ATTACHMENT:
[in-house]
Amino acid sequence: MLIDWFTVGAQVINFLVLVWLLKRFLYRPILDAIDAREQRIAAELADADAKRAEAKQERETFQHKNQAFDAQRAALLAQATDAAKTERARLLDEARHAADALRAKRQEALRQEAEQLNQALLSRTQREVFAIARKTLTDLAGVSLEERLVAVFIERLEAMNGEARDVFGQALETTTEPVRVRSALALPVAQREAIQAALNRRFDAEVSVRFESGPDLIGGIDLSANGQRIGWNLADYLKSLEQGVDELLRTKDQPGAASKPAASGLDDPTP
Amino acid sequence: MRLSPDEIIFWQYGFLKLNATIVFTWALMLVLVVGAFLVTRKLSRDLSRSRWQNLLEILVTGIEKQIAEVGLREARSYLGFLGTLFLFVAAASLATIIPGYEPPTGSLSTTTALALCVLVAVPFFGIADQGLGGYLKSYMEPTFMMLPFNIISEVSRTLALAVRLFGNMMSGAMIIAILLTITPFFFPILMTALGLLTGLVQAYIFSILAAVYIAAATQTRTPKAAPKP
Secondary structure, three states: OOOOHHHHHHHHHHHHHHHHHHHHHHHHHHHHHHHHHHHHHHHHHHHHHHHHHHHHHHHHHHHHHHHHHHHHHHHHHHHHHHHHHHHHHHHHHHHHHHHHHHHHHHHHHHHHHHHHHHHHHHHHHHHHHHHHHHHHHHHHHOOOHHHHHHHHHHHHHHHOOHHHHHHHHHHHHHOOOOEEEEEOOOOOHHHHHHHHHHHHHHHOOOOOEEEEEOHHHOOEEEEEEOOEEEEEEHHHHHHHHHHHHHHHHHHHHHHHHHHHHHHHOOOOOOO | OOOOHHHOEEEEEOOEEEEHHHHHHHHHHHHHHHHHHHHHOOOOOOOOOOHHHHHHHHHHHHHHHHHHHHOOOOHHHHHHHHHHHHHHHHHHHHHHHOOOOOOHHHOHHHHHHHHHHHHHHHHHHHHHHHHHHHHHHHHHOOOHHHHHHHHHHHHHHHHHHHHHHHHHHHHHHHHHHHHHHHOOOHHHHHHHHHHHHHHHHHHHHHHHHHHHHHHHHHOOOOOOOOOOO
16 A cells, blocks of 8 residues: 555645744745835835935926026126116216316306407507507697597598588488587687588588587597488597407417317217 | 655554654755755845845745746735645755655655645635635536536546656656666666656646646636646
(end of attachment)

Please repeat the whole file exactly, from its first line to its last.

[in-house]
Amino acid sequence: MLIDWFTVGAQVINFLVLVWLLKRFLYRPILDAIDAREQRIAAELADADAKRAEAKQERETFQHKNQAFDAQRAALLAQATDAAKTERARLLDEARHAADALRAKRQEALRQEAEQLNQALLSRTQREVFAIARKTLTDLAGVSLEERLVAVFIERLEAMNGEARDVFGQALETTTEPVRVRSALALPVAQREAIQAALNRRFDAEVSVRFESGPDLIGGIDLSANGQRIGWNLADYLKSLEQGVDELLRTKDQPGAASKPAASGLDDPTP
Amino acid sequence: MRLSPDEIIFWQYGFLKLNATIVFTWALMLVLVVGAFLVTRKLSRDLSRSRWQNLLEILVTGIEKQIAEVGLREARSYLGFLGTLFLFVAAASLATIIPGYEPPTGSLSTTTALALCVLVAVPFFGIADQGLGGYLKSYMEPTFMMLPFNIISEVSRTLALAVRLFGNMMSGAMIIAILLTITPFFFPILMTALGLLTGLVQAYIFSILAAVYIAAATQTRTPKAAPKP
Secondary structure, three states: OOOOHHHHHHHHHHHHHHHHHHHHHHHHHHHHHHHHHHHHHHHHHHHHHHHHHHHHHHHHHHHHHHHHHHHHHHHHHHHHHHHHHHHHHHHHHHHHHHHHHHHHHHHHHHHHHHHHHHHHHHHHHHHHHHHHHHHHHHHHHOOOHHHHHHHHHHHHHHHOOHHHHHHHHHHHHHOOOOEEEEEOOOOOHHHHHHHHHHHHHHHOOOOOEEEEEOHHHOOEEEEEEOOEEEEEEHHHHHHHHHHHHHHHHHHHHHHHHHHHHHHHOOOOOOO | OOOOHHHOEEEEEOOEEEEHHHHHHHHHHHHHHHHHHHHHOOOOOOOOOOHHHHHHHHHHHHHHHHHHHHOOOOHHHHHHHHHHHHHHHHHHHHHHHOOOOOOHHHOHHHHHHHHHHHHHHHHHHHHHHHHHHHHHHHHHOOOHHHHHHHHHHHHHHHHHHHHHHHHHHHHHHHHHHHHHHHOOOHHHHHHHHHHHHHHHHHHHHHHHHHHHHHHHHHOOOOOOOOOOO
16 A cells, blocks of 8 residues: 555645744745835835935926026126116216316306407507507697597598588488587687588588587597488597407417317217 | 655554654755755845845745746735645755655655645635635536536546656656666666656646646636646